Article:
Editorial: The Cult of Leadership
In 1997 Britain emerged from the dark days of Tory rule, liberated by the Labour Party—their path to victory illuminated by the dazzling smile and radiant glow of sincerity from Tony Blair, who promised “Things Can Only Get Better!” If only the People would trust him to lead them. It was He, and He alone, with his charm and iron-willed leadership, that brought victory to the Labour Party. It was He, and He alone, who could save Britain. It was He, and He alone, who was fit to give us leadership.
The Cult of Tony was born!
And the members of the Labour Party, from the knockers-on-doors to the MPs in Westminster, to the people who owed their very jobs to Tony, saw how He and He alone brought them victory. And they believed. They believed it was Tony what won it, they believed that Tony could do it, they believed they owed it all to Leadership. And they looked out into the darkness in the world, the places where Tony’s light—alas!—did not and could not shine, and they knew what was the one thing needful.
The Cult of Leadership was born!
MORE LEADERS! More leaders was the answer. Wherever the darkness of poverty, inefficiency, despair and degradation existed in the Land, leaders were the solution. Things can get better, things must get better, but only if the resolute will of a Leader can be brought to them. But, how to find these great leaders? How to bring the resolute will to bear? Then, the London Bells spoke, and all became clear: new elections were needed.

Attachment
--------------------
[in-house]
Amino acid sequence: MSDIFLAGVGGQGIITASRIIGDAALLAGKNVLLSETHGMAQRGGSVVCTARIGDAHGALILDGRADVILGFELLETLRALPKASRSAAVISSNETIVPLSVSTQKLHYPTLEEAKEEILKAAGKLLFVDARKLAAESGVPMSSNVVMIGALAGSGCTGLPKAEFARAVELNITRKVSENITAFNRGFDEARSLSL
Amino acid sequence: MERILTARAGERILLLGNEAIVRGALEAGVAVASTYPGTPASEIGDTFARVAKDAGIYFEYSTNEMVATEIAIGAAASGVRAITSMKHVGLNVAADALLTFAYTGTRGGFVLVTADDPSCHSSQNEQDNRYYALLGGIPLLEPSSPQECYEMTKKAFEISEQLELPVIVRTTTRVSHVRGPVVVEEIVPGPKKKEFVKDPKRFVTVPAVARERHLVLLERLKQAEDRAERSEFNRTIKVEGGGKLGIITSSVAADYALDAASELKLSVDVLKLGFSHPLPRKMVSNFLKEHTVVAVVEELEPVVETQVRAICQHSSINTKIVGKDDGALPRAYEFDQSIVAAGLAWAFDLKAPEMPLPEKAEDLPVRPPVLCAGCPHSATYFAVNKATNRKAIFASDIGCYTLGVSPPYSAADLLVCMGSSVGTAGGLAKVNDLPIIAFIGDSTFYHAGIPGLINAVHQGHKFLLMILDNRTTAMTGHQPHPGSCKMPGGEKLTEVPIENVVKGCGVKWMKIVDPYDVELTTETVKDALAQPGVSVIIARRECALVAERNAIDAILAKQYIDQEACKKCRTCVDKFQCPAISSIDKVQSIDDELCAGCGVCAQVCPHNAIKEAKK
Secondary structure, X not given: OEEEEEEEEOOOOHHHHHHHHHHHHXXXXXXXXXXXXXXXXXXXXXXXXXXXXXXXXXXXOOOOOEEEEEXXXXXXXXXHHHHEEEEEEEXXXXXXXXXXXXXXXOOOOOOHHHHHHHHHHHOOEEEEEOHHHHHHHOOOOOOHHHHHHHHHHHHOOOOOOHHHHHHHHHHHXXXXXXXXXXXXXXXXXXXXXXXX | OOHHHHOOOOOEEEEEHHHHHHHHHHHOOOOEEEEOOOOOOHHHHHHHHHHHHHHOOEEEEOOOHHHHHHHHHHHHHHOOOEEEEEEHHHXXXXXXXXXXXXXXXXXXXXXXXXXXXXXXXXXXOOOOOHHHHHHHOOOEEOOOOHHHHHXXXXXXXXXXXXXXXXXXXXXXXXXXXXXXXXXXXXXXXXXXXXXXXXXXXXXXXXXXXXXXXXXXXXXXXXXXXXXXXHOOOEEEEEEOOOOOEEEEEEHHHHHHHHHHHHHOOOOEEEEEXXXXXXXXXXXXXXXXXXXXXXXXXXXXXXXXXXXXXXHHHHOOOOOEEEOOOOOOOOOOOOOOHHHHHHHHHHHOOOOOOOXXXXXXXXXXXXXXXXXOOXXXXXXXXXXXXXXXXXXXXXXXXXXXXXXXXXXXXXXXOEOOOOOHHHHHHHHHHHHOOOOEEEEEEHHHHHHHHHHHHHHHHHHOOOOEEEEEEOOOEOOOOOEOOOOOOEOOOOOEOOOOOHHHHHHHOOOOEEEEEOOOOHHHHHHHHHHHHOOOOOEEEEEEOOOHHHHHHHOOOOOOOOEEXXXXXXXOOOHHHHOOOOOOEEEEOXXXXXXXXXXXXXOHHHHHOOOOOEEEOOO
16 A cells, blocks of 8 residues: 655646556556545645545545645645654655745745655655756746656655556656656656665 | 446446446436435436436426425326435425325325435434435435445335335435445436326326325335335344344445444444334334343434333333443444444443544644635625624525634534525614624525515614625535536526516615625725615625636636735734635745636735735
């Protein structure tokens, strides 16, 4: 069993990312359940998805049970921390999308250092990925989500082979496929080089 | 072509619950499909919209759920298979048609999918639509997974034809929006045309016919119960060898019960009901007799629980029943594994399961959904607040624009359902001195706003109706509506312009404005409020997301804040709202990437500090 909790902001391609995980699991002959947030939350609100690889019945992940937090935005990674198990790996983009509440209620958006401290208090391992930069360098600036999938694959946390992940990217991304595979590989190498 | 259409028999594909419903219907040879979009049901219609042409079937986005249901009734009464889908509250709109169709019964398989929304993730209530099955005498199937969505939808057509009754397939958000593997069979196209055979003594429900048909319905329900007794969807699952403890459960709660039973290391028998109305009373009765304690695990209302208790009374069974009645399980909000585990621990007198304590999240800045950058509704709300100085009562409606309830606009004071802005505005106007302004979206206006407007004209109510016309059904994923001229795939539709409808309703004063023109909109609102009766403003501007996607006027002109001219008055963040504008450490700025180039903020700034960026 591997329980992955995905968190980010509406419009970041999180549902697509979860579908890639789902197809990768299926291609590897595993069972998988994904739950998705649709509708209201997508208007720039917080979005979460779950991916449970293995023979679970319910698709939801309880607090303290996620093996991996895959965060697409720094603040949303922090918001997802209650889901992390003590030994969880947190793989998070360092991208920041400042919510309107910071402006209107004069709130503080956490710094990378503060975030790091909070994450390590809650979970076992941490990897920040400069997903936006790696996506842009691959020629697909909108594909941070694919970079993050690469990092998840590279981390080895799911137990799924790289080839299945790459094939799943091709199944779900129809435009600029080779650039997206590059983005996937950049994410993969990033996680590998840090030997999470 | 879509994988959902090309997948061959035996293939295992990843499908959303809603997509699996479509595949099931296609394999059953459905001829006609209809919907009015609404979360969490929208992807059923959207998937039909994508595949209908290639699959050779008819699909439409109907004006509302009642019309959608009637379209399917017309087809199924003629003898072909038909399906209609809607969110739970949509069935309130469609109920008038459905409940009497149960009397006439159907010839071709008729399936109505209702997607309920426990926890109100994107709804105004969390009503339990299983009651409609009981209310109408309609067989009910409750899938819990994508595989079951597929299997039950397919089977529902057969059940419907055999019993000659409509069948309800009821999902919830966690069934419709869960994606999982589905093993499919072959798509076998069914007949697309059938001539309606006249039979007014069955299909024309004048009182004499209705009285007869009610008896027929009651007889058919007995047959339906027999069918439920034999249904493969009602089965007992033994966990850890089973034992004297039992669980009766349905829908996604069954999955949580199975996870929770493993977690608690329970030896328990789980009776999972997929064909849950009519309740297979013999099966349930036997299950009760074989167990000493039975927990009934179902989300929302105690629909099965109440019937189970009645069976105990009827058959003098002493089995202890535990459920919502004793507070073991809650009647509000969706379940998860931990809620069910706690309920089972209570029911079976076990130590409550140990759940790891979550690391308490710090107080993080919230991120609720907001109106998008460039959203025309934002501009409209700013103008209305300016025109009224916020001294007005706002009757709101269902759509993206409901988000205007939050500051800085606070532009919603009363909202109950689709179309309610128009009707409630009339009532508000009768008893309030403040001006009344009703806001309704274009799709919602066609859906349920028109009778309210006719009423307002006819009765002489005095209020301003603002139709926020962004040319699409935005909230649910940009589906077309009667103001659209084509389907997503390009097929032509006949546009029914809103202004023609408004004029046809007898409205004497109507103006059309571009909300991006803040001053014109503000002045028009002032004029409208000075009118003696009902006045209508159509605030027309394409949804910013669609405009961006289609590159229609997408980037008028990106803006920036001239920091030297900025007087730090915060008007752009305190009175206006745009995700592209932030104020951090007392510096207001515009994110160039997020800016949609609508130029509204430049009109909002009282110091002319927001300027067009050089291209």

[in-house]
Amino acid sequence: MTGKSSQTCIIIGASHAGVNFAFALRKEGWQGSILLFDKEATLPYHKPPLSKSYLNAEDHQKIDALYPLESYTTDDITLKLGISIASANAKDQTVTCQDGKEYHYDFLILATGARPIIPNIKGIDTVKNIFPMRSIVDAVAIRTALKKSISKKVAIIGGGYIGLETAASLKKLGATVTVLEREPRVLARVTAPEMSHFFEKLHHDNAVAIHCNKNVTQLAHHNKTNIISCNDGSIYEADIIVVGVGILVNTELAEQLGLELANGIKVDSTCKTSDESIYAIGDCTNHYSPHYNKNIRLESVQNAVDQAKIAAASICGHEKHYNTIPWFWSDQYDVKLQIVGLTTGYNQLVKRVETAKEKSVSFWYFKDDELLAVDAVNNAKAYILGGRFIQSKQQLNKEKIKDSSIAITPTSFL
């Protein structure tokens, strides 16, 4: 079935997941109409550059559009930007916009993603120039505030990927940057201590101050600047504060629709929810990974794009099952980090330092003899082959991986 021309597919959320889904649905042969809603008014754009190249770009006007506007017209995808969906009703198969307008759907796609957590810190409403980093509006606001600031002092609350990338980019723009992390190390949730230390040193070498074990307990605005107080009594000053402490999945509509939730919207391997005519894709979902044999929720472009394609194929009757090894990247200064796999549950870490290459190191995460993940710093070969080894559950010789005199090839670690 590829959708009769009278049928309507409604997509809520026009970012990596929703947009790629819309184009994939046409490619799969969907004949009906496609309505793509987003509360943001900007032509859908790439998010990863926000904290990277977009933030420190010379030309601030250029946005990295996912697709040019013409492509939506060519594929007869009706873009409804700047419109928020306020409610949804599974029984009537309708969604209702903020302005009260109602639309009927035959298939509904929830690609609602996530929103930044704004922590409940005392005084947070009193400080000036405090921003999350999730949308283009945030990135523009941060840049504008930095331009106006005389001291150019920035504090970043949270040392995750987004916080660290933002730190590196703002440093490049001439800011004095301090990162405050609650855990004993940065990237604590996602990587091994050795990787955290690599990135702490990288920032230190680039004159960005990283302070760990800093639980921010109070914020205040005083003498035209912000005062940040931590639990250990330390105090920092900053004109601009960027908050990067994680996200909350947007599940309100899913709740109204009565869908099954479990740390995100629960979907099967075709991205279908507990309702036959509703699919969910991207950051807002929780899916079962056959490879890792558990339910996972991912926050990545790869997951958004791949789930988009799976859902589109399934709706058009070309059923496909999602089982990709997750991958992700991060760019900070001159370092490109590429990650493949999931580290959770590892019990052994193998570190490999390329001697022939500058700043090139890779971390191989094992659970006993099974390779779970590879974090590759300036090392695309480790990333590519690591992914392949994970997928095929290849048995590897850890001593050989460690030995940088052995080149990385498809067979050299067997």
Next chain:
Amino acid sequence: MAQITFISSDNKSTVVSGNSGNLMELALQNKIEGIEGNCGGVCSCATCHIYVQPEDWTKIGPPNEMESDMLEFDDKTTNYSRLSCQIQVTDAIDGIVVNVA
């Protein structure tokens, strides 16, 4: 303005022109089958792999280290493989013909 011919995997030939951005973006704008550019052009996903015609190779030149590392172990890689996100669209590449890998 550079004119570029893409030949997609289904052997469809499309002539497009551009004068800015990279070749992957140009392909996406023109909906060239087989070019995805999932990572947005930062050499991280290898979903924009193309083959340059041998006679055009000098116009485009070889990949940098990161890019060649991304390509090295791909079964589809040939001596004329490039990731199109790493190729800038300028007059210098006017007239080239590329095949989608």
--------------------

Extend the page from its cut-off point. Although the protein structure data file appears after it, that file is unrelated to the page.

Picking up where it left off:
The Cult of Elected Mayors was born!
Don’t quite buy it? Well, neither do we. It seems a nice idea—everything running smoothly, no hassles, no delays, no backroom haggling or party politicking, simply One Man charging through the wilderness solving problems at a stroke. It is, though, just a fantasy. Leaders spend a lot of time, money and effort, trying to persuade us that someone, someone at least, is in control, and that we have some real control in our own lives, through (of course) them.
The truth is that no elected politician can control the market—which operates for the private gain of a tiny number of owners. As long as the market exists we cannot have control of our own lives, run things in our own, and our own communities’ interests, because that would threaten the profits of the tiny few. Leaders can’t change that. Only we can, by acting together, without leaders, to end the whole profit-driven, market system.